Judge Morris Jacobson ruled late last week that the murder case of Johannes Mehserle should be moved, saying the ex-BART cop can't get a fair trial in Alameda County. The judge cited extensive media coverage, inflammatory comments made by some political leaders, and the possibility of daily protests as the main reasons for his decision. But while the judge's ruling is good news for Mehserle, it may turn out to be unfair for the people of Alameda County and to the family of Oscar Grant. Plus, it could put the City of Oakland in grave danger.
In his ruling, Jacobson acknowledged the highly charged racial aspects of the case. Mehserle's defense team argued repeatedly that black jurors will be more likely to convict a white cop of murdering Grant because he was African American. But the judge's ruling could lead to precisely the opposite situation.
If the case is moved to a predominantly white county, it could end up with a jury biased for Mehserle and against the People, that is, the prosecution, which represents the citizens of Alameda County. Moreover, if a nearly all-white jury acquits Mehserle, the verdict will be widely viewed as illegitimate. It'll be Rodney King all over again. In that case, the trial of four white LA police officers who were videotaped beating King relentlessly was moved to conservative Simi Valley in front of a mostly white jury. And the resulting not-guilty verdicts sparked epic rioting throughout Los Angeles.
To avoid the same thing happening in Oakland, state and county officials must do everything they can to move the Mehserle trial to a place as diverse as Alameda County. Clearly, if Jacobson's fears about extensive media coverage are correct, then the case has to be moved out of the Bay Area. Sacramento has been mentioned as a possibility, but it may not be diverse enough. The only cities outside the Bay Area that truly mirror the demographics of Alameda County are Los Angeles Long Beach. The perception of fairness matters greatly in this case.
School Board Member Quits
No one worked harder to return Oakland public schools to local control than David Kakishiba. So it was ironic that just a few months after the state finally released its grip on the district that the longtime school board member was forced to resign. The district's new general counsel, hired by the board after it regained authority, ruled that Kakishiba had a conflict of interest. And apparently the alleged conflict is only a problem because the district is back under local control.
Kakishiba is the executive director of the East Bay Asian Youth Center, an influential nonprofit that does about $1 million of business annually with Oakland schools, providing after-school programs. Although Kakishiba has been scrupulous about recusing himself from issues involving his nonprofit and the school district over the years, Jackie Minor, the district's new general counsel, determined that his dual positions represent a conflict of interest.
The school district is refusing to release the legal opinion that prompted Kakishiba to resign, citing attorney-client privilege. Kakishiba also told the Express that he wasn't allowed to keep a copy of the document. But he said that Minor was concerned that his position as school board member could influence district personnel into giving preference to his nonprofit over competitors, especially since the school board now has authority over those very same personnel. In addition, there's a concern that Kakishiba's colleagues on the board might vote for contracts involving his nonprofit in the hopes of currying favor with him so that he would support issues important to them.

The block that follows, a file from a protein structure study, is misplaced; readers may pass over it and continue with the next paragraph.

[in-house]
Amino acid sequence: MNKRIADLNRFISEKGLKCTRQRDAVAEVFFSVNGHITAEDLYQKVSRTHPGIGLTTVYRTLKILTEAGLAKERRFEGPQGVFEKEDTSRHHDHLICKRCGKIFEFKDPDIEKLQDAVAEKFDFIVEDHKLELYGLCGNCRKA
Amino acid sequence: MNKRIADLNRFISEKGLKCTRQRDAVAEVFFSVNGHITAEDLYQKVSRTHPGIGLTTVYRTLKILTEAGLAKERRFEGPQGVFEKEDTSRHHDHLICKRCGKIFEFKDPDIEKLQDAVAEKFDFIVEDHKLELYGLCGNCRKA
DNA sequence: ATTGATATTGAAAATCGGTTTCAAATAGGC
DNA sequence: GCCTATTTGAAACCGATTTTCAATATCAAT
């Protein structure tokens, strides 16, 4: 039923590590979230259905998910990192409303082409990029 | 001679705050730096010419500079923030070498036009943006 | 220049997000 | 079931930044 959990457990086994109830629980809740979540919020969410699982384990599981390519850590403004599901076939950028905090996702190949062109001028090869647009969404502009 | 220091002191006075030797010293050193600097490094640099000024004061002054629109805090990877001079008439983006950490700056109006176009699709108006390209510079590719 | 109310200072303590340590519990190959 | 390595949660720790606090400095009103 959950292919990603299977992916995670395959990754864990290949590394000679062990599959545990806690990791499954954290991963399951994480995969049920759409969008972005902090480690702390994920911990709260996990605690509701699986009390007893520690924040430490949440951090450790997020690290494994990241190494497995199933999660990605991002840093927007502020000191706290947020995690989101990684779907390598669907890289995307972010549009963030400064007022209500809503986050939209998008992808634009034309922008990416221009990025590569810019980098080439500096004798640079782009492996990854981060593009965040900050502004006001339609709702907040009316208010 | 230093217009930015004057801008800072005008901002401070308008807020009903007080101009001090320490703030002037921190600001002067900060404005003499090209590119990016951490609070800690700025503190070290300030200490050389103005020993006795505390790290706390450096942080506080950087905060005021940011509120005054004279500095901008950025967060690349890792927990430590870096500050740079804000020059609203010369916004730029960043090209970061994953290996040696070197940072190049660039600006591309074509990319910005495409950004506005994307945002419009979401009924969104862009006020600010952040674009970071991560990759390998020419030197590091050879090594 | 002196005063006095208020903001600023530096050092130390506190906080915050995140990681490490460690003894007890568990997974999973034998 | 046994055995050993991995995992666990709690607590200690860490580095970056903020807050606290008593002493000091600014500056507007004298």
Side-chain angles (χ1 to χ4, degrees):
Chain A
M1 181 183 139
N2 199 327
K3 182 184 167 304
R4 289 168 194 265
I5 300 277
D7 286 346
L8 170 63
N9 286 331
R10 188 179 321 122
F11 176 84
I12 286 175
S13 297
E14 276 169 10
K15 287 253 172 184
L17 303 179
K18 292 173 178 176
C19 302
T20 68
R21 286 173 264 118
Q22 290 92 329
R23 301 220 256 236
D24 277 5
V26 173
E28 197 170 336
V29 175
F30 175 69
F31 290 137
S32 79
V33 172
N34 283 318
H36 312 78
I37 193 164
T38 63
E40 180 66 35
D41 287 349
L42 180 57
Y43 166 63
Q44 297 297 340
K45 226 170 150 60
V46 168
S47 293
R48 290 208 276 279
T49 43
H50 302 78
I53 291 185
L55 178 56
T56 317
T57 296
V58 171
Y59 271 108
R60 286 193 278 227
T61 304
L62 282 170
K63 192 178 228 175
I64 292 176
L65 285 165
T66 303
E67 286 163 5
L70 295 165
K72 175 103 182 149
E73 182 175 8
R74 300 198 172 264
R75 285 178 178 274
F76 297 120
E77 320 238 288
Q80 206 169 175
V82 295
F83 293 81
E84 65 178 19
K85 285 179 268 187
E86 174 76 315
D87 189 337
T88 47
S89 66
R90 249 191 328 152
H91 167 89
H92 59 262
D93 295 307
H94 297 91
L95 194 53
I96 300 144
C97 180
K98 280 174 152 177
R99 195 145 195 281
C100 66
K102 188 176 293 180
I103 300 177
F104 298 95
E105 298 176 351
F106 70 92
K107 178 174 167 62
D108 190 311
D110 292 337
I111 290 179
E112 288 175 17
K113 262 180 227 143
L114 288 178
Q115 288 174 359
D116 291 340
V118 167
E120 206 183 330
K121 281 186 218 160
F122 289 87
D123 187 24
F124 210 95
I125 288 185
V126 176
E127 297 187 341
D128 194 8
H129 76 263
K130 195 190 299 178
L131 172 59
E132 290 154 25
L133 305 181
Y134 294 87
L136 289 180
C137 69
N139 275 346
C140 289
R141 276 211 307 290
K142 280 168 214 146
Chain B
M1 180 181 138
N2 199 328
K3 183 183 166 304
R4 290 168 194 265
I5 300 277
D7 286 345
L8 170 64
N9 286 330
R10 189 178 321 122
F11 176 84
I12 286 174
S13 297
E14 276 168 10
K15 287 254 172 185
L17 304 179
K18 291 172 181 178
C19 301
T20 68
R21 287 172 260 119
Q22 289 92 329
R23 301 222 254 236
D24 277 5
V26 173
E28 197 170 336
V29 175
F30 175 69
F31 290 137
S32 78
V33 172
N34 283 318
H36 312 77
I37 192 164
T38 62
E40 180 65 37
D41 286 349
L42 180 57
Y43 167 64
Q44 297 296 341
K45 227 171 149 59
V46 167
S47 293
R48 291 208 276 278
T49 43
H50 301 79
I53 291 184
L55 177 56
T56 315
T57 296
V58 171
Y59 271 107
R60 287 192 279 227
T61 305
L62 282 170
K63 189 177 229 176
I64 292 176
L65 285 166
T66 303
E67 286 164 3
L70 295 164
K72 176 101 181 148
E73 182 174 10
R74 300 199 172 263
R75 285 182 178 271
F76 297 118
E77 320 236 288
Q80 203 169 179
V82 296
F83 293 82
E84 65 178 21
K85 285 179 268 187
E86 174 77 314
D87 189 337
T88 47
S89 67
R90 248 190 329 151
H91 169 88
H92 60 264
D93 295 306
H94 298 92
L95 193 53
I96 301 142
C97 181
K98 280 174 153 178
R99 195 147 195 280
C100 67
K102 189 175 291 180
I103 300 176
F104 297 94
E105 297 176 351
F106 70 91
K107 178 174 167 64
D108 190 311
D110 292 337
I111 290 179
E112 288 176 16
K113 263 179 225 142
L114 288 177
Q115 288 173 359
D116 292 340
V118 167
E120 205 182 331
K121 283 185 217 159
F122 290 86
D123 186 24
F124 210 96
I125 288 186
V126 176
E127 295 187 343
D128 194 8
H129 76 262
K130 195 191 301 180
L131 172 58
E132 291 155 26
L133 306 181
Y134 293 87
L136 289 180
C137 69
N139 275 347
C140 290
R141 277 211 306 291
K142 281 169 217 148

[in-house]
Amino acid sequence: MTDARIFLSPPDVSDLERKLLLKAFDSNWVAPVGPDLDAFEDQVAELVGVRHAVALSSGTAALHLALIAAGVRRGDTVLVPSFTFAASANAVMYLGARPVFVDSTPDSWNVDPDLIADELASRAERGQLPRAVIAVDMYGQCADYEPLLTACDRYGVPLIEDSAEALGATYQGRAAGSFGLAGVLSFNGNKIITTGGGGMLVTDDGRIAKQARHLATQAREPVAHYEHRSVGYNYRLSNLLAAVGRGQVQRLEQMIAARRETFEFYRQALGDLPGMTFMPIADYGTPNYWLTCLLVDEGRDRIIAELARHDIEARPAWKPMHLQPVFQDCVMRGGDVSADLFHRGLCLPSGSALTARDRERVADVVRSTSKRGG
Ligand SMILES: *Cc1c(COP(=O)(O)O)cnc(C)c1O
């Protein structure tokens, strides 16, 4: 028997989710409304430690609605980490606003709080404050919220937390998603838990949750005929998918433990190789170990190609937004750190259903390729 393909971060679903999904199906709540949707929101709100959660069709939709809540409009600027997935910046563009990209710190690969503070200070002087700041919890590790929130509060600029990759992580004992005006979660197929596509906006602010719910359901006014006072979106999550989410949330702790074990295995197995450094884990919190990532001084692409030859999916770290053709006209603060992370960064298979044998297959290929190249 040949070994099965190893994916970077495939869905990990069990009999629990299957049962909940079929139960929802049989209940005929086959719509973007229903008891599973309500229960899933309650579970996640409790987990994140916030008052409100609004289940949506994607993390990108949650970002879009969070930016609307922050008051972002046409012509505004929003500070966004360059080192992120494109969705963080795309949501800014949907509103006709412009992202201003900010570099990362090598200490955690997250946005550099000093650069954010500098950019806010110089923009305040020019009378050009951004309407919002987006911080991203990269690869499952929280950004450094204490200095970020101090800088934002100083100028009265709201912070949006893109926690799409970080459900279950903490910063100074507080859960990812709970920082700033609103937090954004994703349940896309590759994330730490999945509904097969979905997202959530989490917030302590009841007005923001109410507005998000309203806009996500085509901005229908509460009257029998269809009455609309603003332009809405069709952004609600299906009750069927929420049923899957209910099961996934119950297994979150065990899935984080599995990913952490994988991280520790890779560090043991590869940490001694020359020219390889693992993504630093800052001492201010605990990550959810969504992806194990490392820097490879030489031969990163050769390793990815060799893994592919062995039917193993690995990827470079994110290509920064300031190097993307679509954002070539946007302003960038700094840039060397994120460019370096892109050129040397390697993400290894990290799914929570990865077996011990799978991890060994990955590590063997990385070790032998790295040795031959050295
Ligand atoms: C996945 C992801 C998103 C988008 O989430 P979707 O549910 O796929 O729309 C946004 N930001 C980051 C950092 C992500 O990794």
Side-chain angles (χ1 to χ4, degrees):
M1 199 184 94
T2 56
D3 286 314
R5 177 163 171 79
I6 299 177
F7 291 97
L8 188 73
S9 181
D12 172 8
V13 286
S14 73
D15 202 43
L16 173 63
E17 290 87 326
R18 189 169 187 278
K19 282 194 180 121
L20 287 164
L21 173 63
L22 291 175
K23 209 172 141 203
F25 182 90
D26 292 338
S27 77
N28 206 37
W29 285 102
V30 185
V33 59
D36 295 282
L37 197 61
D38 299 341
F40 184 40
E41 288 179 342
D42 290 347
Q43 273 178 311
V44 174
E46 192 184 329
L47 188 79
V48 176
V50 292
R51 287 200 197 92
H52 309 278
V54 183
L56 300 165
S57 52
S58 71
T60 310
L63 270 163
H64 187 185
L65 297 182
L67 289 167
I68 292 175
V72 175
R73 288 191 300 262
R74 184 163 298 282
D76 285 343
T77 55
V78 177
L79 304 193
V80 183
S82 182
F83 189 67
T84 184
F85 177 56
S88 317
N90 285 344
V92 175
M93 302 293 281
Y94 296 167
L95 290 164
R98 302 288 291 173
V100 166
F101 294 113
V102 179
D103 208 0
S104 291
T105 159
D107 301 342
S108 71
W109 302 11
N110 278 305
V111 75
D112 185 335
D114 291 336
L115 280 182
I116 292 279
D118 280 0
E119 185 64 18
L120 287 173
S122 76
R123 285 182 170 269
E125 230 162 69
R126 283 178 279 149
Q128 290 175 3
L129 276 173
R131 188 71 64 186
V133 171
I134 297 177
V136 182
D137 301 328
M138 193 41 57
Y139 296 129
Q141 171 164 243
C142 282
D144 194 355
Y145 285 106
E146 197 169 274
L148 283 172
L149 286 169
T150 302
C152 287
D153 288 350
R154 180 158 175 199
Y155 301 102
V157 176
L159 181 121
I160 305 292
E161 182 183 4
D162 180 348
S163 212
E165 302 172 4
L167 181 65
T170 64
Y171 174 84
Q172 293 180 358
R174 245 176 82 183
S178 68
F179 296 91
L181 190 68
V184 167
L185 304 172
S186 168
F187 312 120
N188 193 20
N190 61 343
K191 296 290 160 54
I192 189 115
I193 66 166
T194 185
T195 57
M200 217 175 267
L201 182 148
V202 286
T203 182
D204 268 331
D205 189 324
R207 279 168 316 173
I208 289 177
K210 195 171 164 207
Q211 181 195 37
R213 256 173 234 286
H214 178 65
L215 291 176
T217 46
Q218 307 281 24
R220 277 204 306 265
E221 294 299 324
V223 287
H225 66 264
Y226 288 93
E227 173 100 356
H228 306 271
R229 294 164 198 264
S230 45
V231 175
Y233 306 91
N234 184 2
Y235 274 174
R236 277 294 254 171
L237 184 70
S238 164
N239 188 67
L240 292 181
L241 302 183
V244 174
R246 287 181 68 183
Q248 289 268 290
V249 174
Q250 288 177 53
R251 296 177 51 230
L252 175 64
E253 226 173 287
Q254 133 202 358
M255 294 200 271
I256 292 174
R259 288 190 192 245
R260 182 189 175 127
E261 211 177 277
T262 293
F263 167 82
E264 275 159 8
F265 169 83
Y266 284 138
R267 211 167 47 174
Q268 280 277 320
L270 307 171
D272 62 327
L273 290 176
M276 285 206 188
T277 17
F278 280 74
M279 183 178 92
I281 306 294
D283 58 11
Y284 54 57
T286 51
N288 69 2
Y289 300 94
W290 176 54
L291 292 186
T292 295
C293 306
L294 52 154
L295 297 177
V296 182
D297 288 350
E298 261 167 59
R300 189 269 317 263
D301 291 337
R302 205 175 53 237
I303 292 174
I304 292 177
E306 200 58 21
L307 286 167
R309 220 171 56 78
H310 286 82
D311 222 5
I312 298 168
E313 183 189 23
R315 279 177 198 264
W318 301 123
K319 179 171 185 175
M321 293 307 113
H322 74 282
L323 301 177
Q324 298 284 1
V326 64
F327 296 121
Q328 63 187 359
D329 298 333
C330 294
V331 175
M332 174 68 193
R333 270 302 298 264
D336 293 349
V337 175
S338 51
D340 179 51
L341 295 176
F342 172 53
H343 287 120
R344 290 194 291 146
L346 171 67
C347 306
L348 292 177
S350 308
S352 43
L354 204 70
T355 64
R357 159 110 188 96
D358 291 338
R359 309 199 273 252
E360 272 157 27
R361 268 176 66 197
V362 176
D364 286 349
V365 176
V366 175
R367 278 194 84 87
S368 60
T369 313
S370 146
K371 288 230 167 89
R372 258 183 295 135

Kakishiba said he essentially had no choice but to quit because Minor threatened to stop processing contracts with his nonprofit unless he resigned from the school board or from the youth center. He said the school board likely will appoint a replacement for him sometime before February 1. And the new appointee will be able to run as incumbent in the June primary.
This is the second conflict-of-interest ruling from the new general counsel. Earlier this year, Minor determined that the wife of new superintendent Tony Smith had a conflict because of her high-level job with the Bay Area Coalition of Equitable Schools, which has been involved in multimillion-dollar contracts with the district and its small schools program. According to the Oakland Tribune, Smith's wife, Kathleen Osta, resigned her position with the coalition after Minor issued her opinion.
The Obama Justice Department announced that it will no longer investigate and prosecute medical marijuana users and suppliers in fourteen states, including California. ... A federal judge ruled that the legal challenge to Prop. 8 brought by a Berkeley lesbian couple can go to trial. ... Governor Schwarzenegger signed a bill that gives gay couples who married in other states full marriage rights in California. ... The state's jobless rate remained at historic levels last month as more people stopped looking for work. ... Bank of America posted a $2.2 billion loss because its customers can't repay their credit cards and mortgages. ... Oscar Williamson, the UC Berkeley economics professor who won the Nobel Prize last week, plans to lobby against cutbacks in the UC system. ... Alameda Mayor Beverly Johnson reversed herself and now opposes the ballot initiative by developer SunCal for its planned housing project on Alameda Point. ... Oakland's violent crime rate remains down, plummeting 14 percent from 2008. ... Deadly sideshows, however, killed three young people in East Oakland over the weekend as they did a stunt called "the hyphy train." ... And Berkeley's Chez Panisse and Oakland's Commis restaurants each made this year's prestigious Michelin rankings.
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